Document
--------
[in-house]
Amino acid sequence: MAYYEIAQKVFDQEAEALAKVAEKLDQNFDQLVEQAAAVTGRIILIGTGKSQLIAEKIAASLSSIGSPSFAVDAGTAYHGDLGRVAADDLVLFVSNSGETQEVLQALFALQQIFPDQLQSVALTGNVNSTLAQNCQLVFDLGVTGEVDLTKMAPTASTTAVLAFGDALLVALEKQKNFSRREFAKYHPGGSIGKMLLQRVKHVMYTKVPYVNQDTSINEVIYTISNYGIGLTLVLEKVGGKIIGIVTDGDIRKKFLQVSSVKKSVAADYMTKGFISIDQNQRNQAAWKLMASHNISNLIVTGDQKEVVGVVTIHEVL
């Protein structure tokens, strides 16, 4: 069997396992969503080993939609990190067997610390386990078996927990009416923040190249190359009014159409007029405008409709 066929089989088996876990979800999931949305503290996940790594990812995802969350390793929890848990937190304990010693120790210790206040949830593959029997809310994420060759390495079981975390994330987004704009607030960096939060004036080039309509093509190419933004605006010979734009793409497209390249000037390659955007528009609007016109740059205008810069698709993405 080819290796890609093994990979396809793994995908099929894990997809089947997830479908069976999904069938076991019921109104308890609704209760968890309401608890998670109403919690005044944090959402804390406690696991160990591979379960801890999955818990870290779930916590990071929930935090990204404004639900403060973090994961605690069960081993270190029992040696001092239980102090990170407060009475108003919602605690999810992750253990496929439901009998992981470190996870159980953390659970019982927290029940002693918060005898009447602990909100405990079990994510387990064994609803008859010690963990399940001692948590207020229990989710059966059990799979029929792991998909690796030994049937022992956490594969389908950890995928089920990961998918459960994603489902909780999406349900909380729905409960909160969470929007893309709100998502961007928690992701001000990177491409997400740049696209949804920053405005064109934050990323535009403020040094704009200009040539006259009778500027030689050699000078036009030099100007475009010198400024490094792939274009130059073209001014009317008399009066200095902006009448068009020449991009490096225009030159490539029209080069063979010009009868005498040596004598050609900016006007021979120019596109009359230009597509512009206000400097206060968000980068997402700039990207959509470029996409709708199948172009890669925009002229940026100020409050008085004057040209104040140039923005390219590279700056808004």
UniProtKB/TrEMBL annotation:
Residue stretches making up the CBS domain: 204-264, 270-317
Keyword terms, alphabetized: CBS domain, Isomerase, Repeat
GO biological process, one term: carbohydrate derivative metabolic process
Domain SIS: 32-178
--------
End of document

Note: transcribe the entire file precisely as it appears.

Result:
[in-house]
Amino acid sequence: MAYYEIAQKVFDQEAEALAKVAEKLDQNFDQLVEQAAAVTGRIILIGTGKSQLIAEKIAASLSSIGSPSFAVDAGTAYHGDLGRVAADDLVLFVSNSGETQEVLQALFALQQIFPDQLQSVALTGNVNSTLAQNCQLVFDLGVTGEVDLTKMAPTASTTAVLAFGDALLVALEKQKNFSRREFAKYHPGGSIGKMLLQRVKHVMYTKVPYVNQDTSINEVIYTISNYGIGLTLVLEKVGGKIIGIVTDGDIRKKFLQVSSVKKSVAADYMTKGFISIDQNQRNQAAWKLMASHNISNLIVTGDQKEVVGVVTIHEVL
């Protein structure tokens, strides 16, 4: 069997396992969503080993939609990190067997610390386990078996927990009416923040190249190359009014159409007029405008409709 066929089989088996876990979800999931949305503290996940790594990812995802969350390793929890848990937190304990010693120790210790206040949830593959029997809310994420060759390495079981975390994330987004704009607030960096939060004036080039309509093509190419933004605006010979734009793409497209390249000037390659955007528009609007016109740059205008810069698709993405 080819290796890609093994990979396809793994995908099929894990997809089947997830479908069976999904069938076991019921109104308890609704209760968890309401608890998670109403919690005044944090959402804390406690696991160990591979379960801890999955818990870290779930916590990071929930935090990204404004639900403060973090994961605690069960081993270190029992040696001092239980102090990170407060009475108003919602605690999810992750253990496929439901009998992981470190996870159980953390659970019982927290029940002693918060005898009447602990909100405990079990994510387990064994609803008859010690963990399940001692948590207020229990989710059966059990799979029929792991998909690796030994049937022992956490594969389908950890995928089920990961998918459960994603489902909780999406349900909380729905409960909160969470929007893309709100998502961007928690992701001000990177491409997400740049696209949804920053405005064109934050990323535009403020040094704009200009040539006259009778500027030689050699000078036009030099100007475009010198400024490094792939274009130059073209001014009317008399009066200095902006009448068009020449991009490096225009030159490539029209080069063979010009009868005498040596004598050609900016006007021979120019596109009359230009597509512009206000400097206060968000980068997402700039990207959509470029996409709708199948172009890669925009002229940026100020409050008085004057040209104040140039923005390219590279700056808004």
UniProtKB/TrEMBL annotation:
Residue stretches making up the CBS domain: 204-264, 270-317
Keyword terms, alphabetized: CBS domain, Isomerase, Repeat
GO biological process, one term: carbohydrate derivative metabolic process
Domain SIS: 32-178